This multi-authored volume contains peer-reviewed chapters from the world’s leading researchers and professionals in this topic. It is a compendium of original research articles, case studies, and regional overviews and summarizes the current state of knowledge on carbon sequestration potential of agroforestry systems. The main hypothesis of the book is that the farmers since time immemorial have integrated an array of tree and crop species in their land use systems as a means to achieve higher productivity, risk avoidance, product diversification, and sustainability. These multispecies production systems also impact the ecosystem processes favorably. Yet, our understanding of the diversity attributes and carbon dynamics under agroforestry is not adequate. Although carbon sequestration is a focal theme of discussion in most agroforestry and climate conferences, publications on carbon sequestration in agroforestry are scattered. This book, with 16 chapters organized into three broad sections titled: Measurement and Estimation, Agrobiodiversity and Tree Management, and Policy and Socioeconomic Aspects, represent a cross section of the opportunities and challenges in current research and emerging issues in harnessing carbon sequestration potential of agroforestry systems. The book is unique in its exclusive and global coverage of the subject, and constitutes a valuable reference material for students and researchers in the field of agroforestry and climate change mitigation.
List of Contributors.- List of Reviewers.- Preface.- Section 1. Measurement and Estimation.- 1. Methodological challenges in estimating carbon sequestration potential of agroforestry systems; P. K. R. Nair.- 2. Carbon sequestration potential of agroforestry practices in temperate North America; Ranjith P. Udawatta, Shibu Jose.- 3. Carbon sequestration in European agroforestry systems; M.R. Mosquera-Losada et al.- 4. Carbon sequestration potential of agroforestry systems in Africa; Eike Luedeling et al.- 5. Soil carbon sequestration in cacao agroforestry systems: a case study from Bahia, Brazil; E.F. Gama-Rodrigues et al.- 6. Carbon sequestration potential of silvopastoral and other land use systems in the Chilean Patagonia;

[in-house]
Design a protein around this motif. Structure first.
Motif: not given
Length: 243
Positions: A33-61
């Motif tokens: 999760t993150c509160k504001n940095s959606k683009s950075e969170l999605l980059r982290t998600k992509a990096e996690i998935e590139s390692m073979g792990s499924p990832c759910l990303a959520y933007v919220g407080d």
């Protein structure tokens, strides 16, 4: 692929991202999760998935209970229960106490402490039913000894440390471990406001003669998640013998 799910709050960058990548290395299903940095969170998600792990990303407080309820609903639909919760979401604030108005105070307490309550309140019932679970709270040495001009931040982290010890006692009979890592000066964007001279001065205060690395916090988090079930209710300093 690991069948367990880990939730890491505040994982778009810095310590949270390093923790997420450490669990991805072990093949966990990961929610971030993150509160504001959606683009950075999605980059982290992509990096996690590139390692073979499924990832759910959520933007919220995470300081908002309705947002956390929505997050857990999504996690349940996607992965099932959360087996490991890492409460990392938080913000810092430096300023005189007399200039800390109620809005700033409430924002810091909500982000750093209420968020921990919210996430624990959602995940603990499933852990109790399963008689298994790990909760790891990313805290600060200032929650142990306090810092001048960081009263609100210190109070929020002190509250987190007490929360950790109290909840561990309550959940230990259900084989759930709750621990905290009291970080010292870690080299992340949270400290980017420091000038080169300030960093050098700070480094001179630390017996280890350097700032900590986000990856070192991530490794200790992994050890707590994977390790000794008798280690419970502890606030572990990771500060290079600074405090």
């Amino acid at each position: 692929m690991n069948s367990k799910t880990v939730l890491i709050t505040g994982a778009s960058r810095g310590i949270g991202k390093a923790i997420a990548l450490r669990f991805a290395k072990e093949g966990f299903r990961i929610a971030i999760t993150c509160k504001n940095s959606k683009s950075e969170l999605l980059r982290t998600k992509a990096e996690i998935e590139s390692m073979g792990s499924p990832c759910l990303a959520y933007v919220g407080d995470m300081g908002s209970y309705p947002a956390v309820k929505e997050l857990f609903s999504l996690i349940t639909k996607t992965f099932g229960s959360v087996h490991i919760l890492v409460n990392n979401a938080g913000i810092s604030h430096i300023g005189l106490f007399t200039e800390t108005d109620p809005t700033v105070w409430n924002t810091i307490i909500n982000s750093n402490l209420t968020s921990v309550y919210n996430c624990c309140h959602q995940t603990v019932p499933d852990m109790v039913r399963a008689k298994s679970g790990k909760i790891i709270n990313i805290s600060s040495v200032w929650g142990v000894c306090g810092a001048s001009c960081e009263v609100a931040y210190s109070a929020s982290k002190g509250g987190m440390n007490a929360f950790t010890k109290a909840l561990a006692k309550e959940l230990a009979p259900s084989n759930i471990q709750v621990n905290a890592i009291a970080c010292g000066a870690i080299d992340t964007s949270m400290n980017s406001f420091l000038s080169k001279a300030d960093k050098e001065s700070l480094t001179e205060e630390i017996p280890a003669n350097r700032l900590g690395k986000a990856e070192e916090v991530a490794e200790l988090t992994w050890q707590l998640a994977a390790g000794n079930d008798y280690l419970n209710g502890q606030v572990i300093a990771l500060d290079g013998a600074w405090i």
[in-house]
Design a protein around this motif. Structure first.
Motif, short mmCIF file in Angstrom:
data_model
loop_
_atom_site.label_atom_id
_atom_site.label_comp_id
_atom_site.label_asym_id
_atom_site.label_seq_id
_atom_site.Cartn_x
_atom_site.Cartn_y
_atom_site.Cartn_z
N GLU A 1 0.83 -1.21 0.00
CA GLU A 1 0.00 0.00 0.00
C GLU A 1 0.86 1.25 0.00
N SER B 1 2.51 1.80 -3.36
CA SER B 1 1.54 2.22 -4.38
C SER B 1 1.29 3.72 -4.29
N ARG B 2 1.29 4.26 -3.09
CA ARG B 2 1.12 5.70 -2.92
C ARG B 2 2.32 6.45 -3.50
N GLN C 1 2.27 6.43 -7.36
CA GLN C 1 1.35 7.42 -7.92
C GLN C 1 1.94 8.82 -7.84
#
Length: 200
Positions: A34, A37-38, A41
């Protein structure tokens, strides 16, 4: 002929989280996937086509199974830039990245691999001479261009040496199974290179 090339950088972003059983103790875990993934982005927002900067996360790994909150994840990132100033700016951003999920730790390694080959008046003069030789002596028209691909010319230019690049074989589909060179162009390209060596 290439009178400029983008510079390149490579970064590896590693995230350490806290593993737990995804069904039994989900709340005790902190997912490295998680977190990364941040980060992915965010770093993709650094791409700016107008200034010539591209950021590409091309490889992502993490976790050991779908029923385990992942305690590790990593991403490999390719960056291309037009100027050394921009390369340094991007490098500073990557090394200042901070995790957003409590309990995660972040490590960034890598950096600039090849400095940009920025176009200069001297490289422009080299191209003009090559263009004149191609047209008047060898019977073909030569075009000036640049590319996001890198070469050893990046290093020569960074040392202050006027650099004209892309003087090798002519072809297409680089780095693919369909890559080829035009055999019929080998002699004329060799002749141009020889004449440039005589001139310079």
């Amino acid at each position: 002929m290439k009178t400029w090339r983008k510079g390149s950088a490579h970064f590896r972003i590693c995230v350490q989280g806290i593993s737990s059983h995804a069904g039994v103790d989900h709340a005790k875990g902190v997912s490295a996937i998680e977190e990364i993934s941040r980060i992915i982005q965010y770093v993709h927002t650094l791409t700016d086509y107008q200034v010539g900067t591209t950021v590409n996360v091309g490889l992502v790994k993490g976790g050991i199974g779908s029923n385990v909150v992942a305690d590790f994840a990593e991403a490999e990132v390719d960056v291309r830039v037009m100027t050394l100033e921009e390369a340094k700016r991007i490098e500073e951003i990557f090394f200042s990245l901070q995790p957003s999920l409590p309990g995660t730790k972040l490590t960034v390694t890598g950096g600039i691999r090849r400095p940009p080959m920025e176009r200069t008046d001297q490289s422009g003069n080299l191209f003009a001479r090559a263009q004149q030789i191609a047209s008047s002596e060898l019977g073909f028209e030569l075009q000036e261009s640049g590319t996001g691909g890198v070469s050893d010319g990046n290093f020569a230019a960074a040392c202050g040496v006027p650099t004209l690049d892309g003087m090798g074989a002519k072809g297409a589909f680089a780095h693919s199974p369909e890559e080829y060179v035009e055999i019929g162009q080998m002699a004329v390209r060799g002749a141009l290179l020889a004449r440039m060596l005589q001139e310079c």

Francis Dube et al.- 7. Carbon pools in tree biomass and soils under rotational woodlot systems in eastern Tanzania; A.A. Kimaro et al.- 8. Silvopasture and carbon sequestration with special reference to the Brazilian Savanna (Cerrado); P. K. R. Nair et al.- 9. Biomass and carbon accumulation in land use systems of Claveria, the Philippines; Shushan Ghirmai Brakas, Jens B. Aune.- Section 2. Agrobiodiversity and Tree management
.- 10. Linking carbon, biodiversity and livelihoods near forest margins: the role of agroforestry; Götz Schroth et al.- 11. Assessing the carbon sequestration in short rotation coppices of Robinia pseudoacacia
L. on marginal sites in northeast Germany; Ansgar Quinkenstein et al.- 12. Does tree management affect biomass and soil carbon stocks of Acacia mangium
Willd. stands in Kerala, India?; T.K. Kunhamu et al.- Section 3. Policy and Socioeconomic Aspects
.- 13. Can forest carbon finance influence land tenure security in project areas? Preliminary lessons from projects in Niger and Kenya; André Rodrigues de Aquino et al.- 14. Constructing public policy in a participatory manner: from local carbon sequestration projects to network governance in Chiapas, Mexico; Celia Ruiz-De-Oña-Plaza et al.- 15. Inpang carbon bank in northeast Thailand: A community effort in carbon trading from agroforestry projects; Jay H. Samek et al.- 16. The socioeconomic context of carbon sequestration in agroforestry: A case study from homegardens of Kerala, India; Subhrajit K. Saha et al.- Subject index.